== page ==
Those same feelings came back to me as I rode to the cafe. I was that kid again on that used green Schwinn with green plastic handle grips, the wind in my ears, without a reason or care. The sound of my old Schwinn came back, and the very smell of it. I could see the paint chips on it and feel its weight under me, carrying me, free, as if that bike had never left.
At the café I ordered a latte, just enough calories to replace what I’d burned on the ride, and sat outside under an oak tree that had been there for generations. On the way home, I understood the reason for my Go By Bike Week—to live in the moment, bathed in wonder, free of thought and anxiety, forgiven and filled with innocence. To be a child.
Among my load of Christmas email, I found a generous invitation from my daughter's teacher. Parents were invited to the class to share the traditions their families celebrate at this time of year. My heart warmed, and I volunteered.
I arrived at my daughter's grade one class with my visual aids: our Christmas advent calendar and a creche. As I was about to speak, the teacher leaned in and told me, "Don't get into religion, okay?"
I halted. Now, how was I going to go about extracting my religion from the traditions and symbols that embody them? I went on, tentatively, to explain how we used the advent calendar and nativity scene. I used the manger scene to show the kids the story that inspired the holiday -- the very first Christmas, Jesus' birth, 2000 years ago -- as the teacher watched anxiously. I engaged the class for ten minutes in a fairly lively back and forth. Grade one kids are far more curious and open minded than most adults -- lots of "why's" and begging for details.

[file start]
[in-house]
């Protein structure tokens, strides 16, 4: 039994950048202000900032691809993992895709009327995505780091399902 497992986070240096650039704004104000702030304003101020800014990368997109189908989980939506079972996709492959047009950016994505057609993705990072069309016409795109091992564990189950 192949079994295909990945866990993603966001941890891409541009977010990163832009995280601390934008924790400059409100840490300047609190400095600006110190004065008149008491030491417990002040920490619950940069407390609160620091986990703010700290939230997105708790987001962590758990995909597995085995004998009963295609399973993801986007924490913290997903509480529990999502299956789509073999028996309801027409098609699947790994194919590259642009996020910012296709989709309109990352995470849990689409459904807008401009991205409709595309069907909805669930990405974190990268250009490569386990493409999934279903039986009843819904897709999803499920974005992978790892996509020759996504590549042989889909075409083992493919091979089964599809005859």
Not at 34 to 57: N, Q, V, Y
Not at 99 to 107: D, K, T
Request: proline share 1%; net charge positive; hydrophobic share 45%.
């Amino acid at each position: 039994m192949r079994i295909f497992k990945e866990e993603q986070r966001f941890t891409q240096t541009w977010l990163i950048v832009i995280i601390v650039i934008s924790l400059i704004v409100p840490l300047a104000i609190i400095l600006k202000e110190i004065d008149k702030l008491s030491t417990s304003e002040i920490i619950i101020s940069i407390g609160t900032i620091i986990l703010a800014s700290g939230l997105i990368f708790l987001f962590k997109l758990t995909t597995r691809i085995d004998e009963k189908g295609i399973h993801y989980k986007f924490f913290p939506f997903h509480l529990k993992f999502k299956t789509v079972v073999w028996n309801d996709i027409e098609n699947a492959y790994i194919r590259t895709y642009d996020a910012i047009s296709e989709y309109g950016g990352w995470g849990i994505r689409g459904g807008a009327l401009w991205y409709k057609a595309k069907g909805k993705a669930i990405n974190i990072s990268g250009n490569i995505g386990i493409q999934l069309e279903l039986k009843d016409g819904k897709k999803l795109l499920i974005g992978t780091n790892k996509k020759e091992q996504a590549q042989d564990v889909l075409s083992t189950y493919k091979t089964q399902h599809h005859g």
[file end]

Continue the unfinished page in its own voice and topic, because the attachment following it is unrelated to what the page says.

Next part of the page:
It went fairly well. No religious wars broke out. The teacher didn't lose her job. And my daughter was proud of her dad. But I also went away saddened by our society's intense suspicion of anything in our public discourse that smacks of religion. Schools of all places should be places where such discourse can and should happen, in an open forum of thought and mutual respect, free of fear of ridicule for our viewpoints
Kids know the obvious, natural question: Why? Where did all this end-of-year holiday stuff come from and why has it risen to such a prominent place on our calendars? Furthermore, why are we not giving our kids the benefit of a full explanation rather than hiding among the fears and hush-hush? Are we so afraid our kids may fall off the deep end into fantasy lands of religion? So, we would rather expose them exclusively to our most trusted ally of the holiday -- Santa Claus -- rather than try explaining the origins of Hanukkah or Christmas?